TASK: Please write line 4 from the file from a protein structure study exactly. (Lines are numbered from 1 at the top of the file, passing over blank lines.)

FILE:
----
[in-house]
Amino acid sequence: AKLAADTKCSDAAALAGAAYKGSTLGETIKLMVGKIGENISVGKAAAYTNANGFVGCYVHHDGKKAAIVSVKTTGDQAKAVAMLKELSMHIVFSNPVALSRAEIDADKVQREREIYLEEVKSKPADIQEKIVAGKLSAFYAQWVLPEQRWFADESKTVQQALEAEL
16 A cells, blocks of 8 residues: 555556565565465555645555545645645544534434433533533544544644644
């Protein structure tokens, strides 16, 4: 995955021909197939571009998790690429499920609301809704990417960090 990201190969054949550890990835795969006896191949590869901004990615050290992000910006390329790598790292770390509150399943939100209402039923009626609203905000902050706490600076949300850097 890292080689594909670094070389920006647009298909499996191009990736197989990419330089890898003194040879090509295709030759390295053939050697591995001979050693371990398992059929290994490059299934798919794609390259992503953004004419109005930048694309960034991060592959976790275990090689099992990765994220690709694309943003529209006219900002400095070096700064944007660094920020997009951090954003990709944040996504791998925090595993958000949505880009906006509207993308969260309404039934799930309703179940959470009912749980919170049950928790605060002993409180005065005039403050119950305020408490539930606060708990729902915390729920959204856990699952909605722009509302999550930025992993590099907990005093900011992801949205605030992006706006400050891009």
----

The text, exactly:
């Protein structure tokens, strides 16, 4: 995955021909197939571009998790690429499920609301809704990417960090 990201190969054949550890990835795969006896191949590869901004990615050290992000910006390329790598790292770390509150399943939100209402039923009626609203905000902050706490600076949300850097 890292080689594909670094070389920006647009298909499996191009990736197989990419330089890898003194040879090509295709030759390295053939050697591995001979050693371990398992059929290994490059299934798919794609390259992503953004004419109005930048694309960034991060592959976790275990090689099992990765994220690709694309943003529209006219900002400095070096700064944007660094920020997009951090954003990709944040996504791998925090595993958000949505880009906006509207993308969260309404039934799930309703179940959470009912749980919170049950928790605060002993409180005065005039403050119950305020408490539930606060708990729902915390729920959204856990699952909605722009509302999550930025992993590099907990005093900011992801949205605030992006706006400050891009």